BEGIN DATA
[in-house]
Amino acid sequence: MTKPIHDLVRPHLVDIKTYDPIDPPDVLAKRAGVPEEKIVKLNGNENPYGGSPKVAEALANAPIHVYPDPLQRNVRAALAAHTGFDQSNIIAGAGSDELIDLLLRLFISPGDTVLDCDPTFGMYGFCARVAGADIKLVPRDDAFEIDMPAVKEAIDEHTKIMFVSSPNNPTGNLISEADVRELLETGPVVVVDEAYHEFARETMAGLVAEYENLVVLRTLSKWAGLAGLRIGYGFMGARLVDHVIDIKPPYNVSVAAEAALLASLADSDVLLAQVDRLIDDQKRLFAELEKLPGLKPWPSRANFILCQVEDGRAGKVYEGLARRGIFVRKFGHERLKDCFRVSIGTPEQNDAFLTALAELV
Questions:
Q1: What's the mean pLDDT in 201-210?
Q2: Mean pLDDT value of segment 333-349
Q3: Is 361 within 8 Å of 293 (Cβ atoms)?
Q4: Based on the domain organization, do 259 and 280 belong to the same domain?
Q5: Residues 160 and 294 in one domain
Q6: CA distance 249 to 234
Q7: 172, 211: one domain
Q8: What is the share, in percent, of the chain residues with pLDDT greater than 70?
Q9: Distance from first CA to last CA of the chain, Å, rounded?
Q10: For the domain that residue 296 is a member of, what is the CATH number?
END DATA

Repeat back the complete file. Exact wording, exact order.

[in-house]
Amino acid sequence: MTKPIHDLVRPHLVDIKTYDPIDPPDVLAKRAGVPEEKIVKLNGNENPYGGSPKVAEALANAPIHVYPDPLQRNVRAALAAHTGFDQSNIIAGAGSDELIDLLLRLFISPGDTVLDCDPTFGMYGFCARVAGADIKLVPRDDAFEIDMPAVKEAIDEHTKIMFVSSPNNPTGNLISEADVRELLETGPVVVVDEAYHEFARETMAGLVAEYENLVVLRTLSKWAGLAGLRIGYGFMGARLVDHVIDIKPPYNVSVAAEAALLASLADSDVLLAQVDRLIDDQKRLFAELEKLPGLKPWPSRANFILCQVEDGRAGKVYEGLARRGIFVRKFGHERLKDCFRVSIGTPEQNDAFLTALAELV
Questions:
Q1: What's the mean pLDDT in 201-210?
Q2: Mean pLDDT value of segment 333-349
Q3: Is 361 within 8 Å of 293 (Cβ atoms)?
Q4: Based on the domain organization, do 259 and 280 belong to the same domain?
Q5: Residues 160 and 294 in one domain
Q6: CA distance 249 to 234
Q7: 172, 211: one domain
Q8: What is the share, in percent, of the chain residues with pLDDT greater than 70?
Q9: Distance from first CA to last CA of the chain, Å, rounded?
Q10: For the domain that residue 296 is a member of, what is the CATH number?